Five stats showing the world’s electricity systems are becoming cleaner – fast

Picture: Pixabay
Picture: Pixabay

The International Energy Agency’s latest electricity market report shows the world is finally making significant progress in reducing emissions from power generation.

Here are five key stats:

  • Despite surging demand for electricity (as populations grow and we electrify transport, heating and industrial processes) the world has moved past peak emissions from power generation. Emissions from power generation will decline 0.7% this year and 1.1% next year, according to the IEA’s projections. Of course, decarbonisation needs to happen much faster, but we’re now moving in the right direction.
  • In the US, coal-fired electricity generation was down nearly 30% in the first half of 2023, compared to a year before, and another 10GW of coal-fired capacity will be retired this year. In Europe, coal use was down 22% in the first half.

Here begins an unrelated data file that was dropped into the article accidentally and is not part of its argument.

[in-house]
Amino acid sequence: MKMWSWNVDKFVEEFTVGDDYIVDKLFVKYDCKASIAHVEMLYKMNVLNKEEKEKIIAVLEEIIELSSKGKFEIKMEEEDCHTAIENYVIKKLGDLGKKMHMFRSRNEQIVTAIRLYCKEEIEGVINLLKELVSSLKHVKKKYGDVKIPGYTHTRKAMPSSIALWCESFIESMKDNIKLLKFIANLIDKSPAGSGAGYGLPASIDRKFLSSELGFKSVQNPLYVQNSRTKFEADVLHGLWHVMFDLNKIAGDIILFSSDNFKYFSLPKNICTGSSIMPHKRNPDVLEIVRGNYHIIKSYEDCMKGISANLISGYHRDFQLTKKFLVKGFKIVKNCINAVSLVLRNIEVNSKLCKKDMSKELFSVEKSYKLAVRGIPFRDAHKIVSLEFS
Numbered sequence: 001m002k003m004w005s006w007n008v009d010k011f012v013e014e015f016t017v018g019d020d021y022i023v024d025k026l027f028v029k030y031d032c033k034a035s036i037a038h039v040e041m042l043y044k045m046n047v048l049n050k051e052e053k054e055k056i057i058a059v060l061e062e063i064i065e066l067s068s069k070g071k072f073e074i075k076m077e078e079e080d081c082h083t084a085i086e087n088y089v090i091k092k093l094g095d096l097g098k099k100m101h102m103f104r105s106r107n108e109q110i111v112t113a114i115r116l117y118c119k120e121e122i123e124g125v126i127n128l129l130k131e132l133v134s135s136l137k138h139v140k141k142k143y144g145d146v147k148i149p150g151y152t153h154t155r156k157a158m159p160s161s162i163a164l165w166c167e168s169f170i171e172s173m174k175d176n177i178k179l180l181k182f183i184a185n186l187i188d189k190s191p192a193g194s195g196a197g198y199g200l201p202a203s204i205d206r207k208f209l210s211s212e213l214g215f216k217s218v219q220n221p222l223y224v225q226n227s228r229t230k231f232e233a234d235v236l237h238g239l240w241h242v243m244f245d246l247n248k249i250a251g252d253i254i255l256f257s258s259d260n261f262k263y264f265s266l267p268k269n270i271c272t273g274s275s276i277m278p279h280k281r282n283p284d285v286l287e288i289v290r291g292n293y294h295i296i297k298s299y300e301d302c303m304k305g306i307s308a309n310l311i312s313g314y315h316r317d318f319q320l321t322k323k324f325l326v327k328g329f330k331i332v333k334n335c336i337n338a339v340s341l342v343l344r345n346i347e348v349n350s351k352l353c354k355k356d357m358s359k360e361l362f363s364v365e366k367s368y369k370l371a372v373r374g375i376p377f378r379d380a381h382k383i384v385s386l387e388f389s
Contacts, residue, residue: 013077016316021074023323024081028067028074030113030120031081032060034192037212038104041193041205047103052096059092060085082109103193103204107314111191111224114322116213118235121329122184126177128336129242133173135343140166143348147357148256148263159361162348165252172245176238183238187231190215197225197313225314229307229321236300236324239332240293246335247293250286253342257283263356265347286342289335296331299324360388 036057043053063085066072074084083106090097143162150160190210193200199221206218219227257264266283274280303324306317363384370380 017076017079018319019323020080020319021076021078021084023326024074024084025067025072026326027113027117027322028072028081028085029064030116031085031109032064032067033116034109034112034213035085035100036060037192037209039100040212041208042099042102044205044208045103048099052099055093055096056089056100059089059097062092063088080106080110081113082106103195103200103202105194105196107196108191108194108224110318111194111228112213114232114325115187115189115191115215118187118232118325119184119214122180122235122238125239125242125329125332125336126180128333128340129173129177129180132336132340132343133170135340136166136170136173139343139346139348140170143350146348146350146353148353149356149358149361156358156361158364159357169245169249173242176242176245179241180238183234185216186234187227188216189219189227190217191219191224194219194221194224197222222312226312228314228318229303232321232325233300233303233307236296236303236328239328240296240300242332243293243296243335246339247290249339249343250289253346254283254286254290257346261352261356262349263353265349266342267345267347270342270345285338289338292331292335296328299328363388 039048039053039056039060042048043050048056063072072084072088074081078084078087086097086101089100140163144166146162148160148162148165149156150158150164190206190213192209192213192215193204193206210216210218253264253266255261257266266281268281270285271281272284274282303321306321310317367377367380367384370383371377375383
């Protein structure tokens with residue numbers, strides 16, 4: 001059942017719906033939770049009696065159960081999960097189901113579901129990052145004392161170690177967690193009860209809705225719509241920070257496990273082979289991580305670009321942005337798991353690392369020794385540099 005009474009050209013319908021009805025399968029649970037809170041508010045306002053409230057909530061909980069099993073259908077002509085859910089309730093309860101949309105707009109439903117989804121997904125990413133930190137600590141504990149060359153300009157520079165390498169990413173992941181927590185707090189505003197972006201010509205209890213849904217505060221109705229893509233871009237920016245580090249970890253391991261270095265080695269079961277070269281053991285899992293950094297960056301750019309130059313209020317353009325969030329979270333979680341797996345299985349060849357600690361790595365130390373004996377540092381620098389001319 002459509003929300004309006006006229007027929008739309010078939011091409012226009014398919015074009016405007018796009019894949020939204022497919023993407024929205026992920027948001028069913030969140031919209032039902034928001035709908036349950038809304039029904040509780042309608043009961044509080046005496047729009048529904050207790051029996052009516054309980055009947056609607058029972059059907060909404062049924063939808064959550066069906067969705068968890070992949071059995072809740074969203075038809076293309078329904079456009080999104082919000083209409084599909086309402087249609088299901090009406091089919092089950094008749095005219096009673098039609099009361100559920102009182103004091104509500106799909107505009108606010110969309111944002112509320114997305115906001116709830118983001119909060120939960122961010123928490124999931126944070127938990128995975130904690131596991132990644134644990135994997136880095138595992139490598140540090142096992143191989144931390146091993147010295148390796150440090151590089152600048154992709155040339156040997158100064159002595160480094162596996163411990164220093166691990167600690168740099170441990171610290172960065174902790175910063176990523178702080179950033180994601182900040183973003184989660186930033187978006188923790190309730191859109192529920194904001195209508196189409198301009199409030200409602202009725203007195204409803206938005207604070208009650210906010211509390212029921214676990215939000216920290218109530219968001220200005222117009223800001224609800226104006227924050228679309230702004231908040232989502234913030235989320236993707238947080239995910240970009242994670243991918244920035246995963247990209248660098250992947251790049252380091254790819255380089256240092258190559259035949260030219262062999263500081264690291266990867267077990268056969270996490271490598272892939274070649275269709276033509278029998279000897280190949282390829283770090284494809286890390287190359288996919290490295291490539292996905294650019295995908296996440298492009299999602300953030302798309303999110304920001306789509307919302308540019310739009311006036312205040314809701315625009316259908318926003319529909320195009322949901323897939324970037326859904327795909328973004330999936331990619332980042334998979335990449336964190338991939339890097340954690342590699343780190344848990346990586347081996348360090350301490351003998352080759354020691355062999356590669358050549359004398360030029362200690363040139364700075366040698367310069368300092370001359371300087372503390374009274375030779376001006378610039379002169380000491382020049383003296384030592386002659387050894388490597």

• The share of renewables in Europe’s electricity mix rose to a record 43% in the first half of 2023 – beating the previous record of 39%. And this momentum will be sustained: “As renewables continue to increase and the French nuclear fleet continues to recover, gas (-11%) and coal (-19%) are expected to further decline in 2024.”
  • China’s use of coal for electricity won’t increase next year, says the IEA, “as strong growth in renewables and nuclear puts downwards pressure on coal.”
  • Most significantly: Renewables will probably overtake coal for good in the global electricity mix next year, according to the IEA’s projections. Renewables will account for more than one-third of global power generation in 2024.


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